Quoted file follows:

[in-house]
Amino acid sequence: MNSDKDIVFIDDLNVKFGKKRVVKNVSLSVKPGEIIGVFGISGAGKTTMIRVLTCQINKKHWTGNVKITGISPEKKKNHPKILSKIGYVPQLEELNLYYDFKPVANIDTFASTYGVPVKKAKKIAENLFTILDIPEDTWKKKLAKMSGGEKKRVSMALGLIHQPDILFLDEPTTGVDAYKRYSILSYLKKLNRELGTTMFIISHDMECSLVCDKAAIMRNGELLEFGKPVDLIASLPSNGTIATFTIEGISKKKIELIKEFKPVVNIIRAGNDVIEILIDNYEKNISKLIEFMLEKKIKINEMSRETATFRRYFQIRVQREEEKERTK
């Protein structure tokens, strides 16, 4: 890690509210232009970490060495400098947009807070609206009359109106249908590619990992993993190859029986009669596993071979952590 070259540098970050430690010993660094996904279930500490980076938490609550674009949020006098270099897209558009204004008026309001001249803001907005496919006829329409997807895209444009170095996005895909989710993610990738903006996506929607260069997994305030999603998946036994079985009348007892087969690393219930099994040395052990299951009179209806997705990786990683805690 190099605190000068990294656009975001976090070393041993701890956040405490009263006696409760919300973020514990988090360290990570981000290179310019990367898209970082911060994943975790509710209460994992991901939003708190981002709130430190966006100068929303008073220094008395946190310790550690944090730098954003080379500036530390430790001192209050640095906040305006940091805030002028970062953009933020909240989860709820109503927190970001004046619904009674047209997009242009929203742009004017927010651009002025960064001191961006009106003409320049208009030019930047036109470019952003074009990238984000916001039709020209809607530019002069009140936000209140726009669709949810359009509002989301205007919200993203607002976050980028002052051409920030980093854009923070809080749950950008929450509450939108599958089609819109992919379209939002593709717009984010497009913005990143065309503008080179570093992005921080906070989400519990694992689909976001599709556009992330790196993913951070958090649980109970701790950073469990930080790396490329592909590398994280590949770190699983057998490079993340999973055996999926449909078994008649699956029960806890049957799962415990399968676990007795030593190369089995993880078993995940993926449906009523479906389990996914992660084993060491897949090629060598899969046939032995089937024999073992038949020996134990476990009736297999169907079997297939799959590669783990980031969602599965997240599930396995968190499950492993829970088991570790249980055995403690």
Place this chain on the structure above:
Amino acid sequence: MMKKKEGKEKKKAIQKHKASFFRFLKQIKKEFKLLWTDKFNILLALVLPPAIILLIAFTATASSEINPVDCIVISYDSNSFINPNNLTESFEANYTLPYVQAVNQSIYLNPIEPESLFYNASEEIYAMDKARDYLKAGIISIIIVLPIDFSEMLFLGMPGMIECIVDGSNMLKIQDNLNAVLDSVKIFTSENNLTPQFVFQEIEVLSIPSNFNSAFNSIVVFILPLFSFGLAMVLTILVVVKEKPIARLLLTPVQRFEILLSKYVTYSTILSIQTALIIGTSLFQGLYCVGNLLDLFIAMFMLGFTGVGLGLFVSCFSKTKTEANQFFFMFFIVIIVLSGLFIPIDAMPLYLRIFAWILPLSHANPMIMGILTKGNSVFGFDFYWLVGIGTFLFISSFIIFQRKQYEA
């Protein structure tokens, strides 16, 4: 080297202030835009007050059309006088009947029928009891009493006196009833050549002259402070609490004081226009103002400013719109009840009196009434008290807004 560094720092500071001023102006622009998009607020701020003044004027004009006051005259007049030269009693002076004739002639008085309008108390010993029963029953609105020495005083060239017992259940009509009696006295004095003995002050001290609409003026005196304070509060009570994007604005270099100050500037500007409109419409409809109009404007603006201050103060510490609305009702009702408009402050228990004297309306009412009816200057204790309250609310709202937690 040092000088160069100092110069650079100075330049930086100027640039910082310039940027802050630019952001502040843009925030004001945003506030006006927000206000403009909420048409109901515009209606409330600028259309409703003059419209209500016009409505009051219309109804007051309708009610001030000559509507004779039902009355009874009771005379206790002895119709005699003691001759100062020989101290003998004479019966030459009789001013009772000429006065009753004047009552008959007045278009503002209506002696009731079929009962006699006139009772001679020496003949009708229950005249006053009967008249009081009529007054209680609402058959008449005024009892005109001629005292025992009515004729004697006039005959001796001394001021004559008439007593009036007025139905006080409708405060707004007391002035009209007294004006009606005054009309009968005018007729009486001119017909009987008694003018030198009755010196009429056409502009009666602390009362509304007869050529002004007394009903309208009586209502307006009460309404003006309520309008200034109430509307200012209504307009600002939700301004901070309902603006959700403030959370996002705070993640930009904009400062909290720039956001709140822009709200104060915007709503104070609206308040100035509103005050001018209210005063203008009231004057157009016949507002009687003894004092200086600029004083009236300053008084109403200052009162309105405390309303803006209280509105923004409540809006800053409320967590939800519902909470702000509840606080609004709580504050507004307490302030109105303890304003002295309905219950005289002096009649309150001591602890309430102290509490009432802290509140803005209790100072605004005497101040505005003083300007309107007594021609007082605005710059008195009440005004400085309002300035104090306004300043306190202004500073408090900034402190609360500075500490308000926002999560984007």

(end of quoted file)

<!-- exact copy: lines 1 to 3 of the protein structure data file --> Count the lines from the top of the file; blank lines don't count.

[in-house]
Amino acid sequence: MNSDKDIVFIDDLNVKFGKKRVVKNVSLSVKPGEIIGVFGISGAGKTTMIRVLTCQINKKHWTGNVKITGISPEKKKNHPKILSKIGYVPQLEELNLYYDFKPVANIDTFASTYGVPVKKAKKIAENLFTILDIPEDTWKKKLAKMSGGEKKRVSMALGLIHQPDILFLDEPTTGVDAYKRYSILSYLKKLNRELGTTMFIISHDMECSLVCDKAAIMRNGELLEFGKPVDLIASLPSNGTIATFTIEGISKKKIELIKEFKPVVNIIRAGNDVIEILIDNYEKNISKLIEFMLEKKIKINEMSRETATFRRYFQIRVQREEEKERTK
């Protein structure tokens, strides 16, 4: 890690509210232009970490060495400098947009807070609206009359109106249908590619990992993993190859029986009669596993071979952590 070259540098970050430690010993660094996904279930500490980076938490609550674009949020006098270099897209558009204004008026309001001249803001907005496919006829329409997807895209444009170095996005895909989710993610990738903006996506929607260069997994305030999603998946036994079985009348007892087969690393219930099994040395052990299951009179209806997705990786990683805690 190099605190000068990294656009975001976090070393041993701890956040405490009263006696409760919300973020514990988090360290990570981000290179310019990367898209970082911060994943975790509710209460994992991901939003708190981002709130430190966006100068929303008073220094008395946190310790550690944090730098954003080379500036530390430790001192209050640095906040305006940091805030002028970062953009933020909240989860709820109503927190970001004046619904009674047209997009242009929203742009004017927010651009002025960064001191961006009106003409320049208009030019930047036109470019952003074009990238984000916001039709020209809607530019002069009140936000209140726009669709949810359009509002989301205007919200993203607002976050980028002052051409920030980093854009923070809080749950950008929450509450939108599958089609819109992919379209939002593709717009984010497009913005990143065309503008080179570093992005921080906070989400519990694992689909976001599709556009992330790196993913951070958090649980109970701790950073469990930080790396490329592909590398994280590949770190699983057998490079993340999973055996999926449909078994008649699956029960806890049957799962415990399968676990007795030593190369089995993880078993995940993926449906009523479906389990996914992660084993060491897949090629060598899969046939032995089937024999073992038949020996134990476990009736297999169907079997297939799959590669783990980031969602599965997240599930396995968190499950492993829970088991570790249980055995403690």